When you inhale the smoke it carries THC, CBD, and other cannabinoids directly into your lungs. Once in the lungs, they’re quickly absorbed into the bloodstream where they interact with the endocannabinoid system.


a pair of hands holding Revolution Cannabis Fudgies and Caramels.
Edibles come in a wide variety of forms and flavors.


Any food or beverage products infused with cannabis that are ingested orally and metabolized by the body. These can range from gummies and drinks to tinctures and oils.

What Happens When You Eat an Edible?

When you consume edible marijuana, the THCa is decarboxylated before being processed into an edible form. When you consume an edible, the THC and CBD must go through the complex and lengthy process of passing through your digestive system before entering your bloodstream.

The Effects


One of the biggest differences between consuming edibles and smoking flower is the time it takes to feel the desired effects. When smoking cannabis, the effects are typically felt very quickly, in anywhere from 2 to 10 minutes. On the other hand, because edibles need to be digested, their effects can take anywhere from 30 minutes to 2 hours to kick in.

It’s important to note that a recent innovation has emerged using nanoemulsified THC. This technique breaks down THC molecules into nanoparticles that allow them to bypass the liver, resulting in a very quick onset time –as little as 10 minutes. Edibles containing nanoemulsified THC are now appearing in markets all over the country.


The effects of smoked cannabis tend to peak within the first hour and start to wear off within 2-3 hours. However, depending on the individual, they can last as long as 8 hours.

The THC in marijuana edibles is metabolized by the liver into the more powerful 11-hydroxy-THC edibles delivering a much longer and more potent experience.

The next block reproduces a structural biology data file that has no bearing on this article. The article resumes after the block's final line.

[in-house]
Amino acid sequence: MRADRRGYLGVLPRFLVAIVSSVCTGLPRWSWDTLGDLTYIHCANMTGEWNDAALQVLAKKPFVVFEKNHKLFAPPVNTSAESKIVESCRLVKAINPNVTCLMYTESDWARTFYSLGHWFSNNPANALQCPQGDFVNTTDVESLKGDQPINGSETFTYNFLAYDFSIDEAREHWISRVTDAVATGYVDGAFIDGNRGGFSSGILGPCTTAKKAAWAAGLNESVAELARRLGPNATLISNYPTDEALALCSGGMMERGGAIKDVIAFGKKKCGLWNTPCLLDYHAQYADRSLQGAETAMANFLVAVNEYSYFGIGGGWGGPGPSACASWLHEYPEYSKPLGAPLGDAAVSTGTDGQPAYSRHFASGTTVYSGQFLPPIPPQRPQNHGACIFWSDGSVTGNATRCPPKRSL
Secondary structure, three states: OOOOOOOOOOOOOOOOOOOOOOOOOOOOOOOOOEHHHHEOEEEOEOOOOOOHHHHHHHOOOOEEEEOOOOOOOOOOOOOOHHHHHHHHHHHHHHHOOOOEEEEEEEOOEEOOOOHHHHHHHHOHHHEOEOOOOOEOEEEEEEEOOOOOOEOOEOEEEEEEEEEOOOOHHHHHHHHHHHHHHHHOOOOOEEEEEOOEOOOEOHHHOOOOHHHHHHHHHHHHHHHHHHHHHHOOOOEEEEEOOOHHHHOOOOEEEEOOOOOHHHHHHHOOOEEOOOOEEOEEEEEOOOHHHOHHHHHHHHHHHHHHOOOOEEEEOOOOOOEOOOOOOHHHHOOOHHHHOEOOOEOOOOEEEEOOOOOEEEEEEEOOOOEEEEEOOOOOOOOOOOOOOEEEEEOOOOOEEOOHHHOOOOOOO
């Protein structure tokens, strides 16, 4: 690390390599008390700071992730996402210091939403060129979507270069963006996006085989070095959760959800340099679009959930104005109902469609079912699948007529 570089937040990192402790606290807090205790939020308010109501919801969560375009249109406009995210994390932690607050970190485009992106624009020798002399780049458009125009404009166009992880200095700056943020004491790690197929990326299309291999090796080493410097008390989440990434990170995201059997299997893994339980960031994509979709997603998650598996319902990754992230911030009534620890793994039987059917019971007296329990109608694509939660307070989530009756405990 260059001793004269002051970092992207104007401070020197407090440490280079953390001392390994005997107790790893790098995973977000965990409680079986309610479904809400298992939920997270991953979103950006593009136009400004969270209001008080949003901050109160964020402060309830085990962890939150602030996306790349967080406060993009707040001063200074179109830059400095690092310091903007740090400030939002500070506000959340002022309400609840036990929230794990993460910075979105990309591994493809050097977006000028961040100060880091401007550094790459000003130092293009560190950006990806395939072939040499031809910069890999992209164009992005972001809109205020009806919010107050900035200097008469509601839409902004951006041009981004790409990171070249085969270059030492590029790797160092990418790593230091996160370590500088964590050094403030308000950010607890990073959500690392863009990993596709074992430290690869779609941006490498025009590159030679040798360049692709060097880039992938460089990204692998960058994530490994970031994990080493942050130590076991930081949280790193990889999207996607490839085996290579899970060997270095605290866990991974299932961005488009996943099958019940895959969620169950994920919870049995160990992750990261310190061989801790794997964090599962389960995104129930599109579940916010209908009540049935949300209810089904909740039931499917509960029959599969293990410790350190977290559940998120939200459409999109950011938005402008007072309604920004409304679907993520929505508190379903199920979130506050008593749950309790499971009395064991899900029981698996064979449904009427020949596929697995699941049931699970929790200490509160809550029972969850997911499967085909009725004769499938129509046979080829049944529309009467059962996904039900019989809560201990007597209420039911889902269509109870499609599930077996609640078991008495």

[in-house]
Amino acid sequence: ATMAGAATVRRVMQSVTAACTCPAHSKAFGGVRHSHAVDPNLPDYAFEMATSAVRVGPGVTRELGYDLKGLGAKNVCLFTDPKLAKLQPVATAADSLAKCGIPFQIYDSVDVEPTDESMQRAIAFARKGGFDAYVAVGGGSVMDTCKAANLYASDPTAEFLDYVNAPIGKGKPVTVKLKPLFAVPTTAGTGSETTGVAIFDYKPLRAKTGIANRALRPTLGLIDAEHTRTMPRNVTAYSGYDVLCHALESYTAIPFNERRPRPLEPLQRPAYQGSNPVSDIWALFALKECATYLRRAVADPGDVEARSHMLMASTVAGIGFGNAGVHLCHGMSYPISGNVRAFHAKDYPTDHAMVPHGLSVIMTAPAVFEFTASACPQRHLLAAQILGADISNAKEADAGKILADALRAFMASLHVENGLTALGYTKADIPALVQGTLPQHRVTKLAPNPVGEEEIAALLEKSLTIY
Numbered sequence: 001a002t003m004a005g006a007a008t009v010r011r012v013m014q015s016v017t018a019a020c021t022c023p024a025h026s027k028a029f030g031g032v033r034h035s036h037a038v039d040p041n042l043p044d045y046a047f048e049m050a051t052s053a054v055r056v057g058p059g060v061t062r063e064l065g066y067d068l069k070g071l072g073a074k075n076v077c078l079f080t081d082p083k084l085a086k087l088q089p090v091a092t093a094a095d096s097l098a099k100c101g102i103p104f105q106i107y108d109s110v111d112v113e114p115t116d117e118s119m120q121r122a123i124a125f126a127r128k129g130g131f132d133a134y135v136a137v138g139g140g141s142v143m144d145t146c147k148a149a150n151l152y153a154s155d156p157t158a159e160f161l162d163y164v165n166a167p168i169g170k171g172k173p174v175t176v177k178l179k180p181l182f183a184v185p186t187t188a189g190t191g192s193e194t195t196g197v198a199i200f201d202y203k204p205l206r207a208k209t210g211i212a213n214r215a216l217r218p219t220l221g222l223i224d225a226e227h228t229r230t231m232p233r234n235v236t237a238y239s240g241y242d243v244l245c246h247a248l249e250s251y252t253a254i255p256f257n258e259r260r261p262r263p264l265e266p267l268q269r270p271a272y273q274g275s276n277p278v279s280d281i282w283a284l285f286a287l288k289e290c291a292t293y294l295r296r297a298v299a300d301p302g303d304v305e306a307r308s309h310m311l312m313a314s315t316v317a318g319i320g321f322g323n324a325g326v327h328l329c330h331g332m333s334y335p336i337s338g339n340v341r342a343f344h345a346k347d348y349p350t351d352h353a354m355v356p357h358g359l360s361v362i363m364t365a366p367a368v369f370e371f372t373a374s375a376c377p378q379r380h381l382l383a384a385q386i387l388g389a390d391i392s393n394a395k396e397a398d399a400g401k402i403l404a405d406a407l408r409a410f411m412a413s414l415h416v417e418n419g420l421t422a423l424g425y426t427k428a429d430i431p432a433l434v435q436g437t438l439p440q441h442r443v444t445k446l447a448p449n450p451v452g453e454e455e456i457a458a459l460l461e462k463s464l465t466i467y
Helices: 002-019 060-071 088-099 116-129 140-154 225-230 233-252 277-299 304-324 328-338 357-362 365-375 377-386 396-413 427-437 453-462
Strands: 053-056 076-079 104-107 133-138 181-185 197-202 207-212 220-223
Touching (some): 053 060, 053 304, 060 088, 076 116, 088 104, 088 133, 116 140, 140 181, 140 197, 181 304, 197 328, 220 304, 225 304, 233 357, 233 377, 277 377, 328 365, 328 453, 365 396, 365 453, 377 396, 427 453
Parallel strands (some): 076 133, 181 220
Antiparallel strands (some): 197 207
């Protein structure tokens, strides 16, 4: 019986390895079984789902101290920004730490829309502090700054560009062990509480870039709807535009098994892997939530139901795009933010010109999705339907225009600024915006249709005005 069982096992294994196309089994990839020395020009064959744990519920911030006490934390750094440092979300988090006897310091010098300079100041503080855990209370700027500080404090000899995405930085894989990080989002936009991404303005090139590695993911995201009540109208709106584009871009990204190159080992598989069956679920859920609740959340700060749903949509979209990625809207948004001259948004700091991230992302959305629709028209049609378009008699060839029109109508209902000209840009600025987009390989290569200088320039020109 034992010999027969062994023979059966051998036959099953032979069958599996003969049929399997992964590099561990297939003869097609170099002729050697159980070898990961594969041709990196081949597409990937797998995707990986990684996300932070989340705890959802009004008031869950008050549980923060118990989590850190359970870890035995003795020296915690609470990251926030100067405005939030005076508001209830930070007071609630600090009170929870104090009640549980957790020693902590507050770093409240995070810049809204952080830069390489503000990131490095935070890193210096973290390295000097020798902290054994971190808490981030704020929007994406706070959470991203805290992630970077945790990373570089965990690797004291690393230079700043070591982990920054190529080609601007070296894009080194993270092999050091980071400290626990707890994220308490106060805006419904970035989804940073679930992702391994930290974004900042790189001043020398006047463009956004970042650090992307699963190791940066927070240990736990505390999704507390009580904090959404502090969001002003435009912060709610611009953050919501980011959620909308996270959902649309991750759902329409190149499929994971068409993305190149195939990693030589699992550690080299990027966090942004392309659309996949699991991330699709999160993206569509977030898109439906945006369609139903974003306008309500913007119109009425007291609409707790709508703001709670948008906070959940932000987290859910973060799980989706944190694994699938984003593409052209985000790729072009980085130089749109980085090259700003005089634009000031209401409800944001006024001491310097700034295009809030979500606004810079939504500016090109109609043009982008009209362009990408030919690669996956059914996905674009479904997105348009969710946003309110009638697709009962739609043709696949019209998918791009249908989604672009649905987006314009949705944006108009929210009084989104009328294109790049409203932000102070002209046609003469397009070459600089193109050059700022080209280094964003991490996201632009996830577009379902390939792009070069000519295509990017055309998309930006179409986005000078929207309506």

So, how long does an edible high last? The effects of edibles last around 4-6 hours, with the peak usually occurring 2-4 hours after consumption. In extreme cases, the effects can last as long as 24 hours.


The edible high is often more intense and longer lasting compared to smoking. This is because of the conversion of THC to 11-hydroxy-THC in the liver, which is widely considered to be the more potent psychoactive compound.


A man lighting a joint.
Smoking may be convenient, but it’s not exactly discrete.

Edibles vs Smoking: Discretion and Convenience


The less discreet method of consumption, smoking produces a very strong and distinct odor. It also requires paraphernalia.


Eating edibles is generally more discreet than smoking. They don’t produce any smell that can be associated with cannabis use and can be easily consumed without drawing unwanted attention. They’re also very portable and don’t require any additional accessories.


A woman eating an edible gummy on the left and a woman smoking a joint on the right - separated by a black line.
When it comes to edibles vs smoking, the answer ultimately boils down to personal choice.